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February 11, 2009

Locals displaced as foreign biofuel investors cause scramble for land in Tanzania

A new scramble for arable land in Tanzania has started - the coastline and the fertile land in Northern and Southern Tanzania being the prime targets. This scramble, which has seen thousands of acres of fertile arable land falling into the hands of foreign companies, has been engineered by the quest for bio fuels.

At least for now five regions have been at the centre of this scramble. Dar es Salaam, Coast, Tanga, Mbeya and Arusha regions have been cited as the first victims of land grabbing engineered by foreign companies in Tanzania.

Already the coastline of more than 1,000 kilometres stretching from Tanga to Mtwara has been taken either directly by foreign companies or by local well-to-do Tanzanians who pose and act on behalf of multinational corporations. Most of these companies pose as strategic investors.

In Bagamoyo district, Coast region, the situation is alarming. The district, which is about 40 kilometres from Dar es salaam city centre has been the focus of these land grabbers. Recently, thousands of acres of land were given to an 'investor' for sugar cane farming.

The land was given to the investor despite technical advice by agricultural experts from the ministry of agriculture and food security who had turned down the proposal. Like many other places, the land is needed for cultivation of sugar cane to produce bio fuels.

In the same region in Mkuranga district, a Swedish company, Sekab is seeking to be given two million acres of land for the cultivation of bio fuel plants. Locals and the district authorities said that the company is expected to invest over US$400 million for the project.

Another company, British Sun Biofuels is also scrambling to acquire at least 8,000 acres of land in Mkuranga for a bio fuel project.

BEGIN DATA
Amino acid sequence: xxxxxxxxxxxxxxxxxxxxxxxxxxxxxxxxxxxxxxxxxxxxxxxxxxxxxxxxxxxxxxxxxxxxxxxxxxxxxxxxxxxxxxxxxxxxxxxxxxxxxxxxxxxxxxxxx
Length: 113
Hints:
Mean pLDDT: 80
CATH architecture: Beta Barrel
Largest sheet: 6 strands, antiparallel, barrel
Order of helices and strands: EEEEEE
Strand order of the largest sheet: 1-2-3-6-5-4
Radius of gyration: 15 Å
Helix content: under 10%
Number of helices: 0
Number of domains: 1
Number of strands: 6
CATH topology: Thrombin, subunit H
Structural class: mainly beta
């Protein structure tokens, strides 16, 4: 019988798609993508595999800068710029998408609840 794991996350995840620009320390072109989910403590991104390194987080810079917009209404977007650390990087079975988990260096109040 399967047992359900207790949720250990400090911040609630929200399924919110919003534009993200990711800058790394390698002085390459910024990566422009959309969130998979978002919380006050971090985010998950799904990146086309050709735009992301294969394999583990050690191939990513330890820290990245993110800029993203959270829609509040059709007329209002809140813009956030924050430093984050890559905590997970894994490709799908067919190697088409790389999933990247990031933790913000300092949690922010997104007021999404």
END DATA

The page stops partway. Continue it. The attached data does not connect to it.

In Kisarawe district in Coast region the story is the same. One company has been given about 8,000 acres of land to plant jathropa. Kisarawe district authorities have already sanctioned the deal.

In Arusha, thousands of acres of land have been given to 'investors' in flower farming, coffee and aloe vera, leaving the locals without land. The locals are now forced to be labourers on their own land.

In Rufiji district, also in Coast region the story is the same. Thousands of acres have been given to foreign companies who have promised the Tanzanian government to cultivate food crops.

What the approval of these projects means is that thousands of villagers if not millions will have to be removed from their land.

Some of the land was taken during the privatization of public corporations through the Parastatal Sector Reform Commission (PSRC).

A case in point is in Mbeya region where one Asian business tycoon is controlling more than 7,500 hectares of fertile paddy fields in the Kapunga area where he cultivates rice. He purchased the once government-owned paddy fields from the PSRC in 2006 promising the authorities that he would engage in large scale farming.

What the government expected from the 'investor' was creation of jobs and an increase in food production for both local market and export. This has not happened. Instead what the investor is doing is to lease the land for a fee under conditions similar to feudalism.. Before the land was privatized, it was a source of livelihood for more than 30,000 villagers in the area.

East African Business Week

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